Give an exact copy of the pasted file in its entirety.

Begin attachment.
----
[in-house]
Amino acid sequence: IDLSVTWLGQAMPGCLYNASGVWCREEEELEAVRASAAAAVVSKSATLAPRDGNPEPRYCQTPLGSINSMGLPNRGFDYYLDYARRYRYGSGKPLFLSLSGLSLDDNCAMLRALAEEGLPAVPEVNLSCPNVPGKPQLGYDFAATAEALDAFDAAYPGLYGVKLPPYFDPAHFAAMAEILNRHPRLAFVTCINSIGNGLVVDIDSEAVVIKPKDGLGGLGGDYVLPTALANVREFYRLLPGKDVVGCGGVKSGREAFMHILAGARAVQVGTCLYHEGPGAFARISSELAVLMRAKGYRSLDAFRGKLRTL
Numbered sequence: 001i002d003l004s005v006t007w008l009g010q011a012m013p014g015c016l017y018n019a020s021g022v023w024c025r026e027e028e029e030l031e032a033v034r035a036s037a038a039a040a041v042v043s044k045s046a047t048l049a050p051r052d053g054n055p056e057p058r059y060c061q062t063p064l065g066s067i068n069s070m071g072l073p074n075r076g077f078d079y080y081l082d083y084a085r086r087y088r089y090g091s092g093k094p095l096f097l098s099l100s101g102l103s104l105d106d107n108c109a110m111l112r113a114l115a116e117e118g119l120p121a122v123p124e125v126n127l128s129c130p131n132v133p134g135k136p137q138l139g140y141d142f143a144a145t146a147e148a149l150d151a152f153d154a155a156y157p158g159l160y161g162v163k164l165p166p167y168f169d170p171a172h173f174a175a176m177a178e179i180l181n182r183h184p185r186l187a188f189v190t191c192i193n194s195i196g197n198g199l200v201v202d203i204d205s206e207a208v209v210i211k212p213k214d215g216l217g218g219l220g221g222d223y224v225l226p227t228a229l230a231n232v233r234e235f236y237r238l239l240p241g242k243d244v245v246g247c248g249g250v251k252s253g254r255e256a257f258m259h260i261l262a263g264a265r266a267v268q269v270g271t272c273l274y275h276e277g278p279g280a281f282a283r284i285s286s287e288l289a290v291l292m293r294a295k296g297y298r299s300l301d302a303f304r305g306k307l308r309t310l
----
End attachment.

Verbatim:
[in-house]
Amino acid sequence: IDLSVTWLGQAMPGCLYNASGVWCREEEELEAVRASAAAAVVSKSATLAPRDGNPEPRYCQTPLGSINSMGLPNRGFDYYLDYARRYRYGSGKPLFLSLSGLSLDDNCAMLRALAEEGLPAVPEVNLSCPNVPGKPQLGYDFAATAEALDAFDAAYPGLYGVKLPPYFDPAHFAAMAEILNRHPRLAFVTCINSIGNGLVVDIDSEAVVIKPKDGLGGLGGDYVLPTALANVREFYRLLPGKDVVGCGGVKSGREAFMHILAGARAVQVGTCLYHEGPGAFARISSELAVLMRAKGYRSLDAFRGKLRTL
Numbered sequence: 001i002d003l004s005v006t007w008l009g010q011a012m013p014g015c016l017y018n019a020s021g022v023w024c025r026e027e028e029e030l031e032a033v034r035a036s037a038a039a040a041v042v043s044k045s046a047t048l049a050p051r052d053g054n055p056e057p058r059y060c061q062t063p064l065g066s067i068n069s070m071g072l073p074n075r076g077f078d079y080y081l082d083y084a085r086r087y088r089y090g091s092g093k094p095l096f097l098s099l100s101g102l103s104l105d106d107n108c109a110m111l112r113a114l115a116e117e118g119l120p121a122v123p124e125v126n127l128s129c130p131n132v133p134g135k136p137q138l139g140y141d142f143a144a145t146a147e148a149l150d151a152f153d154a155a156y157p158g159l160y161g162v163k164l165p166p167y168f169d170p171a172h173f174a175a176m177a178e179i180l181n182r183h184p185r186l187a188f189v190t191c192i193n194s195i196g197n198g199l200v201v202d203i204d205s206e207a208v209v210i211k212p213k214d215g216l217g218g219l220g221g222d223y224v225l226p227t228a229l230a231n232v233r234e235f236y237r238l239l240p241g242k243d244v245v246g247c248g249g250v251k252s253g254r255e256a257f258m259h260i261l262a263g264a265r266a267v268q269v270g271t272c273l274y275h276e277g278p279g280a281f282a283r284i285s286s287e288l289a290v291l292m293r294a295k296g297y298r299s300l301d302a303f304r305g306k307l308r309t310l